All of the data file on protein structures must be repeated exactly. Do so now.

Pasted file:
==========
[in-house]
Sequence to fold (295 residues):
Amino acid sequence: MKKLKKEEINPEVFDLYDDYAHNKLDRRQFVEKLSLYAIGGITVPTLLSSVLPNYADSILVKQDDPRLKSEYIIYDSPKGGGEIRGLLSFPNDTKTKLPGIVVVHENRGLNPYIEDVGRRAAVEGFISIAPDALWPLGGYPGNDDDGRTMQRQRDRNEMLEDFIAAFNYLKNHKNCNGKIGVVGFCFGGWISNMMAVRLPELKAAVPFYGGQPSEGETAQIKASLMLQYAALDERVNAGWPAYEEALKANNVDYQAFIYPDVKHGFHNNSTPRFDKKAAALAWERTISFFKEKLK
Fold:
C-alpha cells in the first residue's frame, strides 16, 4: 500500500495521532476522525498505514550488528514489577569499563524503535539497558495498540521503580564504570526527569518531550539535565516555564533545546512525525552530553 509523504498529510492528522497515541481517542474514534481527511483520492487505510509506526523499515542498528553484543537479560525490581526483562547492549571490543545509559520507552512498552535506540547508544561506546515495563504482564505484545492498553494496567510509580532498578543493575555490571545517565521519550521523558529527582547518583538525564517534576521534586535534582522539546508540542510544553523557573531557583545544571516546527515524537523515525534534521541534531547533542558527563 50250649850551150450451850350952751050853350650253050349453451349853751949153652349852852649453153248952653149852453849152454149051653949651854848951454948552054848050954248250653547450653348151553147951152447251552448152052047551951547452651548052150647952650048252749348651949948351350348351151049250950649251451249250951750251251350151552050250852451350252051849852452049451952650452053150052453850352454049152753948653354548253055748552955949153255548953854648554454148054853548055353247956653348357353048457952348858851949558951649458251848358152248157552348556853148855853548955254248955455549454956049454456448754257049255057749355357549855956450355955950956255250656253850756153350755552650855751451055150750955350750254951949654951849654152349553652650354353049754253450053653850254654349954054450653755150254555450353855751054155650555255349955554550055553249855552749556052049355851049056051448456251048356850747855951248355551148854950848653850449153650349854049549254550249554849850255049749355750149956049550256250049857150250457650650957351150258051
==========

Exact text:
[in-house]
Sequence to fold (295 residues):
Amino acid sequence: MKKLKKEEINPEVFDLYDDYAHNKLDRRQFVEKLSLYAIGGITVPTLLSSVLPNYADSILVKQDDPRLKSEYIIYDSPKGGGEIRGLLSFPNDTKTKLPGIVVVHENRGLNPYIEDVGRRAAVEGFISIAPDALWPLGGYPGNDDDGRTMQRQRDRNEMLEDFIAAFNYLKNHKNCNGKIGVVGFCFGGWISNMMAVRLPELKAAVPFYGGQPSEGETAQIKASLMLQYAALDERVNAGWPAYEEALKANNVDYQAFIYPDVKHGFHNNSTPRFDKKAAALAWERTISFFKEKLK
Fold:
C-alpha cells in the first residue's frame, strides 16, 4: 500500500495521532476522525498505514550488528514489577569499563524503535539497558495498540521503580564504570526527569518531550539535565516555564533545546512525525552530553 509523504498529510492528522497515541481517542474514534481527511483520492487505510509506526523499515542498528553484543537479560525490581526483562547492549571490543545509559520507552512498552535506540547508544561506546515495563504482564505484545492498553494496567510509580532498578543493575555490571545517565521519550521523558529527582547518583538525564517534576521534586535534582522539546508540542510544553523557573531557583545544571516546527515524537523515525534534521541534531547533542558527563 50250649850551150450451850350952751050853350650253050349453451349853751949153652349852852649453153248952653149852453849152454149051653949651854848951454948552054848050954248250653547450653348151553147951152447251552448152052047551951547452651548052150647952650048252749348651949948351350348351151049250950649251451249250951750251251350151552050250852451350252051849852452049451952650452053150052453850352454049152753948653354548253055748552955949153255548953854648554454148054853548055353247956653348357353048457952348858851949558951649458251848358152248157552348556853148855853548955254248955455549454956049454456448754257049255057749355357549855956450355955950956255250656253850756153350755552650855751451055150750955350750254951949654951849654152349553652650354353049754253450053653850254654349954054450653755150254555450353855751054155650555255349955554550055553249855552749556052049355851049056051448456251048356850747855951248355551148854950848653850449153650349854049549254550249554849850255049749355750149956049550256250049857150250457650650957351150258051